Vera Hollink, Maarten van Someren, Stephan ten Hagen, Marcel J.C. Hilgersom, Ton J.M. Rovekamp
Recommender systems suggest objects to users navigating a web site. They observe the pages that a user visits and predict which other pages may be of interest. On the basis of these predictions recommenders select a number of pages that are suggested to the user. By far the most popular recommendation strategy is to select the pages of which the recommender believes they are the most interesting for the user. However, various simulation experiments have shown that this strategy can easily lead to tunnel vision: the recommender keeps recommending elements that are very similar to the pages that the user has visited and never discovers interests in other topics. In this paper, we describe a recommender system that does not always recommend the pages that seem most interesting but that also recommends pages that represent other parts of the space of pages. This helps to obtain usage data about parts of the space that the user has not yet visited. Moreover, the recommended pages are less obvious and thus more surprising to the user. The recommender system is compared online with a hand-made recommender of a real web site. Results show that the new recommender was used more frequently. However, the pages reached through the recommendations are read more shortly than the pages reached through the baseline recommendations. An explanation is that the more surprising recommendations are used most frequently by users with unspecific information needs.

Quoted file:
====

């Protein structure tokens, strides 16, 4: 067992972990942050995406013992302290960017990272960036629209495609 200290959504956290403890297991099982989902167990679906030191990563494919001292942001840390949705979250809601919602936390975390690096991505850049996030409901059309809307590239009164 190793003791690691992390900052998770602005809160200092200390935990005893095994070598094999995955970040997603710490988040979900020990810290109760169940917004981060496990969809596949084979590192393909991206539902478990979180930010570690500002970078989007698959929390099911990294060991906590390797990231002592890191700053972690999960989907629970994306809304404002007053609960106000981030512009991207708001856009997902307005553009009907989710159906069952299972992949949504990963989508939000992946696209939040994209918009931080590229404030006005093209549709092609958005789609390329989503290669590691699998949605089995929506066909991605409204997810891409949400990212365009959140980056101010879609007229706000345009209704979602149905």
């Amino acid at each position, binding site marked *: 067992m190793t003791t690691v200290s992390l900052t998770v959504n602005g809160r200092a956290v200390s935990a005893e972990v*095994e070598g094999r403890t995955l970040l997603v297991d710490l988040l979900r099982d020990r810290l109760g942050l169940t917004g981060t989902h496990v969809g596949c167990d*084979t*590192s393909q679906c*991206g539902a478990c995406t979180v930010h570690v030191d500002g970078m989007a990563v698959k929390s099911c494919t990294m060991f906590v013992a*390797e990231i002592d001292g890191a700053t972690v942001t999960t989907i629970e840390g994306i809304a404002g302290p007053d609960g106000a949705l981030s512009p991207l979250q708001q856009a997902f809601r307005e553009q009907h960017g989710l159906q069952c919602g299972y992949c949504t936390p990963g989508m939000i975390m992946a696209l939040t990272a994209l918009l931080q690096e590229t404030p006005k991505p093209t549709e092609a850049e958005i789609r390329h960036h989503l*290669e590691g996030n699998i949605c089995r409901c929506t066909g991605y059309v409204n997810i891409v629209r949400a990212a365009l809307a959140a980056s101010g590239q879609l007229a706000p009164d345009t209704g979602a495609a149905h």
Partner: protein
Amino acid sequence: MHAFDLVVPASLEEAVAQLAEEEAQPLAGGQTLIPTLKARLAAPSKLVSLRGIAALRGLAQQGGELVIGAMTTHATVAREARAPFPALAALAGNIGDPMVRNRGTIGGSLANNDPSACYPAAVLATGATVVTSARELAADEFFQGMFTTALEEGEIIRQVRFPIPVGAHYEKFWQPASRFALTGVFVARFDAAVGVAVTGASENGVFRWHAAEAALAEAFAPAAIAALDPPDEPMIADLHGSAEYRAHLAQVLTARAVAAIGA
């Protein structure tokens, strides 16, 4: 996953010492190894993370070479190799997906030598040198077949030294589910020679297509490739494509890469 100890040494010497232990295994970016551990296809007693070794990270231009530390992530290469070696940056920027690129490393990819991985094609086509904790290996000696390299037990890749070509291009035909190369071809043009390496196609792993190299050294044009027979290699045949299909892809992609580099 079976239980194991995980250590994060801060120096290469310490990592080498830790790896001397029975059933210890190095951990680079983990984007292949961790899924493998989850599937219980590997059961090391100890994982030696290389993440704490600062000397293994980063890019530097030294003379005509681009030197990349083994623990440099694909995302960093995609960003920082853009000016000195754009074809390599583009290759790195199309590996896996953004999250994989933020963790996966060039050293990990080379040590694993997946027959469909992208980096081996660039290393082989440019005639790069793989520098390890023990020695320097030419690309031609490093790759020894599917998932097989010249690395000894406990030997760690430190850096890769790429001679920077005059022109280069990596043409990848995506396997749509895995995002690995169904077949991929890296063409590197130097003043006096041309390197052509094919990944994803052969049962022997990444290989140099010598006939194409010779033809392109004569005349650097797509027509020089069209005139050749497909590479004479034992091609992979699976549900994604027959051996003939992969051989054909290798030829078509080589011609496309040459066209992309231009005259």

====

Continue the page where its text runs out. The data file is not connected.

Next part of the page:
Subjects: 6.3 User Interfaces; 1. Applications
Submitted: May 3, 2007